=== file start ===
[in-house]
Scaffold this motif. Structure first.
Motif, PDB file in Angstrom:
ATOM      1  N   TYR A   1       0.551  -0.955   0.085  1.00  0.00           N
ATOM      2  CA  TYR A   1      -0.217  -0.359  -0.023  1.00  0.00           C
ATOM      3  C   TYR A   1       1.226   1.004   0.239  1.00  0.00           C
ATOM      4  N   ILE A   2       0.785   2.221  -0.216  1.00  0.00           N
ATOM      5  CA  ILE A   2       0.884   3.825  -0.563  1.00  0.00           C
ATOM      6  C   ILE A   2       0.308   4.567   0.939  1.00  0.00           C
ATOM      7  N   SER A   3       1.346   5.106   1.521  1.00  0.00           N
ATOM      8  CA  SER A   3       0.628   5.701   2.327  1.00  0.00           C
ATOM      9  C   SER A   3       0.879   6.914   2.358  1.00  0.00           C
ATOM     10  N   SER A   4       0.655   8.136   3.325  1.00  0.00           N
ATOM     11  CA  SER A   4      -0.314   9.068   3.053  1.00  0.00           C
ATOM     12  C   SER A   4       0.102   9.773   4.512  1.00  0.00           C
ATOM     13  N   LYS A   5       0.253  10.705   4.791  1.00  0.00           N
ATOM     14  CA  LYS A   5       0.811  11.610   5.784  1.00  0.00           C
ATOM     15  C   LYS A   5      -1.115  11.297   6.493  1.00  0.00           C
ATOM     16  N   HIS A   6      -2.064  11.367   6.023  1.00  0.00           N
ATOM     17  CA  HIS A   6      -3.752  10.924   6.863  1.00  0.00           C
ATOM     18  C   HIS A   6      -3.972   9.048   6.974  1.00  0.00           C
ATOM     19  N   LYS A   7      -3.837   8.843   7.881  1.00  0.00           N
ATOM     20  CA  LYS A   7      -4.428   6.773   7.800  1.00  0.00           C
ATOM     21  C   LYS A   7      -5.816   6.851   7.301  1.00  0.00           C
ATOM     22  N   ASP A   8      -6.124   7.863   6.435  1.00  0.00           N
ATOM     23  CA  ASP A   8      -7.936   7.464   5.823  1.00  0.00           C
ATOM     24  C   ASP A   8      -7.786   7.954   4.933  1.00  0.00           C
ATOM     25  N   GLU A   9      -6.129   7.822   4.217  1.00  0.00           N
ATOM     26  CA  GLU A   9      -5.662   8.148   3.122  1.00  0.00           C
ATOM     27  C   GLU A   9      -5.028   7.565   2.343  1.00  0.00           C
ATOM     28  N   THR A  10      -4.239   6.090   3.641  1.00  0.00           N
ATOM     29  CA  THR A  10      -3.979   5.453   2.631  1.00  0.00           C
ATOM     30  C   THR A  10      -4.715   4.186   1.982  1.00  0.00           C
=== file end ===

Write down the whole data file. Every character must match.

[in-house]
Scaffold this motif. Structure first.
Motif, PDB file in Angstrom:
ATOM      1  N   TYR A   1       0.551  -0.955   0.085  1.00  0.00           N
ATOM      2  CA  TYR A   1      -0.217  -0.359  -0.023  1.00  0.00           C
ATOM      3  C   TYR A   1       1.226   1.004   0.239  1.00  0.00           C
ATOM      4  N   ILE A   2       0.785   2.221  -0.216  1.00  0.00           N
ATOM      5  CA  ILE A   2       0.884   3.825  -0.563  1.00  0.00           C
ATOM      6  C   ILE A   2       0.308   4.567   0.939  1.00  0.00           C
ATOM      7  N   SER A   3       1.346   5.106   1.521  1.00  0.00           N
ATOM      8  CA  SER A   3       0.628   5.701   2.327  1.00  0.00           C
ATOM      9  C   SER A   3       0.879   6.914   2.358  1.00  0.00           C
ATOM     10  N   SER A   4       0.655   8.136   3.325  1.00  0.00           N
ATOM     11  CA  SER A   4      -0.314   9.068   3.053  1.00  0.00           C
ATOM     12  C   SER A   4       0.102   9.773   4.512  1.00  0.00           C
ATOM     13  N   LYS A   5       0.253  10.705   4.791  1.00  0.00           N
ATOM     14  CA  LYS A   5       0.811  11.610   5.784  1.00  0.00           C
ATOM     15  C   LYS A   5      -1.115  11.297   6.493  1.00  0.00           C
ATOM     16  N   HIS A   6      -2.064  11.367   6.023  1.00  0.00           N
ATOM     17  CA  HIS A   6      -3.752  10.924   6.863  1.00  0.00           C
ATOM     18  C   HIS A   6      -3.972   9.048   6.974  1.00  0.00           C
ATOM     19  N   LYS A   7      -3.837   8.843   7.881  1.00  0.00           N
ATOM     20  CA  LYS A   7      -4.428   6.773   7.800  1.00  0.00           C
ATOM     21  C   LYS A   7      -5.816   6.851   7.301  1.00  0.00           C
ATOM     22  N   ASP A   8      -6.124   7.863   6.435  1.00  0.00           N
ATOM     23  CA  ASP A   8      -7.936   7.464   5.823  1.00  0.00           C
ATOM     24  C   ASP A   8      -7.786   7.954   4.933  1.00  0.00           C
ATOM     25  N   GLU A   9      -6.129   7.822   4.217  1.00  0.00           N
ATOM     26  CA  GLU A   9      -5.662   8.148   3.122  1.00  0.00           C
ATOM     27  C   GLU A   9      -5.028   7.565   2.343  1.00  0.00           C
ATOM     28  N   THR A  10      -4.239   6.090   3.641  1.00  0.00           N
ATOM     29  CA  THR A  10      -3.979   5.453   2.631  1.00  0.00           C
ATOM     30  C   THR A  10      -4.715   4.186   1.982  1.00  0.00           C